Form a Dedicated Credentialing Team

Written by on May 1, 2015 in Practice tips - No comments

Ensuring Smooth Cash Flow

Healthcare credentialing—the process by which providers are enrolled to participate with a particular insurer or healthcare organization—has always been a complicated one. This documentation-driven endeavor includes applications, screenings, primary source verification, and more. It’s something that must be done each time a new provider joins a practice or when providers change practices, merge their practices, join an Accountable Care Organization (ACO), or become acquired by a hospital system. It’s a tedious task that requires an impeccable attention to detail and deadlines.

HealthReflectionWEBOver time, the process of credentialing has become even more difficult to manage simply because of the oftentimes volatile nature of the healthcare marketplace. The Affordable Care Act and other quality-driven initiatives force providers to practice smart medicine and make business decisions with the best financial outcomes in mind. New providers enter the profession daily. Others switch practices frequently. Many physicians work with a nurse practitioner, physician assistant, or other non-physician practitioner, each of whom must be credentialed with various insurers.

What does all of this mean in terms of credentialing?

Credentialing is critical to overall financial viability because it ultimately enables reimbursement. If a provider is not credentialed correctly—or there has been a lapse in the credentialing process—he or she will not be paid. It’s important to think of credentialing as having no clear beginning and end—it is an ongoing task. As such, a dedicated credentialing team within the revenue cycle management department is required. Even after providers are approved, they must re-credential two years after the initial credentialing decision. The larger the organization, the more physicians and other providers there are to track, credential, and re-credential.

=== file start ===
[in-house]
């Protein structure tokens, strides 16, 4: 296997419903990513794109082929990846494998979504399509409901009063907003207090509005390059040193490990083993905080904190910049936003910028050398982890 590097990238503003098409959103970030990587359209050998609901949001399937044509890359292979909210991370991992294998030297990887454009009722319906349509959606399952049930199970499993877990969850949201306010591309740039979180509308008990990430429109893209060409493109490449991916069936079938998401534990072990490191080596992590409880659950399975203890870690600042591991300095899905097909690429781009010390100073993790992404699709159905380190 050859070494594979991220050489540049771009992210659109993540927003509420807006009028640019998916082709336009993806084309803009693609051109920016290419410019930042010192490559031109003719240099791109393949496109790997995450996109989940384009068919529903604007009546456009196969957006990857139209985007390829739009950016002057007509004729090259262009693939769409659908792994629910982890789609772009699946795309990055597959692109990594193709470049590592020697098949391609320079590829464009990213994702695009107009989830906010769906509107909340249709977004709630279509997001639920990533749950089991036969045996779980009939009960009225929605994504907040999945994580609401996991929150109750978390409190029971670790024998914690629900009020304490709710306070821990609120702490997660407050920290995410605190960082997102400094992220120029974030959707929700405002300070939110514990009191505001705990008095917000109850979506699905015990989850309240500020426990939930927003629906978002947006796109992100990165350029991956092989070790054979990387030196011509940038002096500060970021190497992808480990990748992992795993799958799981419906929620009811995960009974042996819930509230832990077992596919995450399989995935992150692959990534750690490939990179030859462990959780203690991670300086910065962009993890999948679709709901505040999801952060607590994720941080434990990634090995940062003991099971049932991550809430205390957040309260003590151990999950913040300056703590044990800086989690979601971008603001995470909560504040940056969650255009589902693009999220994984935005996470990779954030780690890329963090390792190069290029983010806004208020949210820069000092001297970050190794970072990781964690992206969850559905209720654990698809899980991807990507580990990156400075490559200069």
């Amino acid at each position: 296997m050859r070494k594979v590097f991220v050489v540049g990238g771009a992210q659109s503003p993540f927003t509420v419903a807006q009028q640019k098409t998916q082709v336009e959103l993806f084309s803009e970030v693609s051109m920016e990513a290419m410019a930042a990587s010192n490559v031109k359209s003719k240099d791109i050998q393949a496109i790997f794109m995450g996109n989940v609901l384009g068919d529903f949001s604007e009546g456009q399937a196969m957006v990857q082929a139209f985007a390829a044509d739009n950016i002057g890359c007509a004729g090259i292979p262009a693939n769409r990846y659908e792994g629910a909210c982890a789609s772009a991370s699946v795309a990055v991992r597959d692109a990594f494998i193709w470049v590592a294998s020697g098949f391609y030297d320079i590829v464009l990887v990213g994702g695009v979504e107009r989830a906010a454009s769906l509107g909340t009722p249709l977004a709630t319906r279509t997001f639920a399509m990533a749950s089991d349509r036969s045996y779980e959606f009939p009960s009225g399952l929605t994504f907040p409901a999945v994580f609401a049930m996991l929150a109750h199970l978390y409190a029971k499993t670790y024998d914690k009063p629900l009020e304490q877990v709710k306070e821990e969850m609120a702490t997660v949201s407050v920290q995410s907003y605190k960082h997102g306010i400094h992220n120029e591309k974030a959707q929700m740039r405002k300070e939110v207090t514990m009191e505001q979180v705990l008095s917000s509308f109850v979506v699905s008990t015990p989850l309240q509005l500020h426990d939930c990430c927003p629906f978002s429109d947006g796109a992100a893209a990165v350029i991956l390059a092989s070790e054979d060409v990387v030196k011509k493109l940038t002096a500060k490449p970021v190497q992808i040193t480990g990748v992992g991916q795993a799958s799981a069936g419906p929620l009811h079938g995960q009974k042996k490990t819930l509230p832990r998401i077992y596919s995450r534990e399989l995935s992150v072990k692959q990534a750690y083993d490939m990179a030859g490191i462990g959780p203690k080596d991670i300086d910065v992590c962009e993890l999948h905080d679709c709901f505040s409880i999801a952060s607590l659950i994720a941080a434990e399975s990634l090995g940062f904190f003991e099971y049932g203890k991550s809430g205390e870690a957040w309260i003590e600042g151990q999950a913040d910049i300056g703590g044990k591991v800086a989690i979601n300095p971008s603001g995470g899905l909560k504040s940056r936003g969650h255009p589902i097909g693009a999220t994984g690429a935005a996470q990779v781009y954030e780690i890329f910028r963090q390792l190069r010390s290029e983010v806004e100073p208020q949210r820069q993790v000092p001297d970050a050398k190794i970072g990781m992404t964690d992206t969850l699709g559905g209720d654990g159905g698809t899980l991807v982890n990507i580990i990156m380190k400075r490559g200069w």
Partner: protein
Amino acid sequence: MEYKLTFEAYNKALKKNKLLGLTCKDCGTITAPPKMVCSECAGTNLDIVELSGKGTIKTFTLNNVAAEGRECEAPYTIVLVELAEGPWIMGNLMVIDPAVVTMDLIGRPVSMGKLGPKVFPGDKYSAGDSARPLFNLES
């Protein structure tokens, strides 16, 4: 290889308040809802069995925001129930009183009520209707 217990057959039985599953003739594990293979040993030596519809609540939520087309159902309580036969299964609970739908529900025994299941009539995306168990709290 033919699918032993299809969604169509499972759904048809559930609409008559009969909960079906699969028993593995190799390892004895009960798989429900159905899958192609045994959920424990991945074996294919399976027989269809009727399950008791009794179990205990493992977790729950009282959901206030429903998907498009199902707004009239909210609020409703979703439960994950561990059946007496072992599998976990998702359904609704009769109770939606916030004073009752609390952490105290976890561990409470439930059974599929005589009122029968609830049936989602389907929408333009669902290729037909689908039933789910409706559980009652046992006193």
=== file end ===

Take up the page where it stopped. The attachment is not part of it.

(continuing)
How a dedicated credentialing team can help

A dedicated credentialing team can address the following:

  • Adoption of credentialing standards to ensure compliance. This includes establishing policies and procedures that address standards for payers published by the National Committee for Quality Assurance as well as standards for providers published by the Joint Commission. The team can also monitor for any updates or revisions to these standards and update processes accordingly.
  • Credentialing management. This includes managing the entire credentialing process for credentials such as Controlled Dangerous Substance (CDS), Drug Enforcement Agency (DEA), Medical License, Council for Affordable Quality Healthcare (CAQH), Board Certification, Malpractice, and Hospital Privileges. In the event that a provider is not credentialed upon application, the team can appeal this decision, when appropriate.
  • Ongoing monitoring. This includes ensuring that all requirements are met, particularly as new providers join the practice or organization.
  • Re-credentialing. This includes developing processes to re-credential providers before their current credentialing expires.
  • Payer agreements. These agreements should outline responsibilities, develop metrics to assess performance, and identify ongoing oversight processes.

Most importantly, a dedicated credentialing team ensures communication among primary stakeholders, including providers, practice administrators, coders, billers, and others. This team can—and should—provide regular status updates regarding the credentialing that is in process vs. what has been completed and approved.

Why it’s important to act now

By constantly monitoring the credentialing process and identifying new opportunities for credentialing, a dedicated credentialing team reduces the overall risk for the practice and ensures that there are no payment gaps. As the credentialing process becomes more complex to manage, it’s important for practices to ensure that a team of individuals oversees relevant deadlines and requirements. The ongoing process of credentialing requires strict oversight to ensure success. Practices that dedicate resources to this effort will reap the financial rewards and prevent revenue loss.

By Vishal Gandhi, BSEE, MBA
CEO, ClinicSpectrum Inc.

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